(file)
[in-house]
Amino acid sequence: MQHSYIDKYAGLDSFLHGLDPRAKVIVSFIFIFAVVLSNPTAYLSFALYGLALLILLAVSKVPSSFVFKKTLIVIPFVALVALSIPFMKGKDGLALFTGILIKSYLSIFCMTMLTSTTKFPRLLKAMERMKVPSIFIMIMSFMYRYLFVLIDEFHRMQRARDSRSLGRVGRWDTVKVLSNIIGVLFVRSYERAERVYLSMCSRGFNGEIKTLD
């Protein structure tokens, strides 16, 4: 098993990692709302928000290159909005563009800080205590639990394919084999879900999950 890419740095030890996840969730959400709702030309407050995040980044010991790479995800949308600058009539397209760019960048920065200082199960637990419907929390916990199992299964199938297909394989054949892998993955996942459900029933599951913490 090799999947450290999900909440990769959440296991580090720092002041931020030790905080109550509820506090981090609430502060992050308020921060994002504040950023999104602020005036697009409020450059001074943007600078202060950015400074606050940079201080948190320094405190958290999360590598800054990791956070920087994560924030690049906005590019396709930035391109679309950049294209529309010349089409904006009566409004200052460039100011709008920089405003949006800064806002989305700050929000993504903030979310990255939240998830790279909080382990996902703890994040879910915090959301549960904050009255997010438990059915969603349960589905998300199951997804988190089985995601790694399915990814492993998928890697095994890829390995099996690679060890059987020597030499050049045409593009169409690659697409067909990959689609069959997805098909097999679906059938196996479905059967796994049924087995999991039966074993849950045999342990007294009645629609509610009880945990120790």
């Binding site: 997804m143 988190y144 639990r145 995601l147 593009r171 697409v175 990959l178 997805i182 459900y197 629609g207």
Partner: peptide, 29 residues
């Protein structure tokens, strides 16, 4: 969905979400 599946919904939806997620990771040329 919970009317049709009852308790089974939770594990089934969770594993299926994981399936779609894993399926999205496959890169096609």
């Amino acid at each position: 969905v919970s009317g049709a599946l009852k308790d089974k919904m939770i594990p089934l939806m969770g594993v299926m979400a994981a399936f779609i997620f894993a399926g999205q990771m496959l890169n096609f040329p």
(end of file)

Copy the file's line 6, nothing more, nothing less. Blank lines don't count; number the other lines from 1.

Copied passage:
């Protein structure tokens, strides 16, 4: 969905979400 599946919904939806997620990771040329 919970009317049709009852308790089974939770594990089934969770594993299926994981399936779609894993399926999205496959890169096609």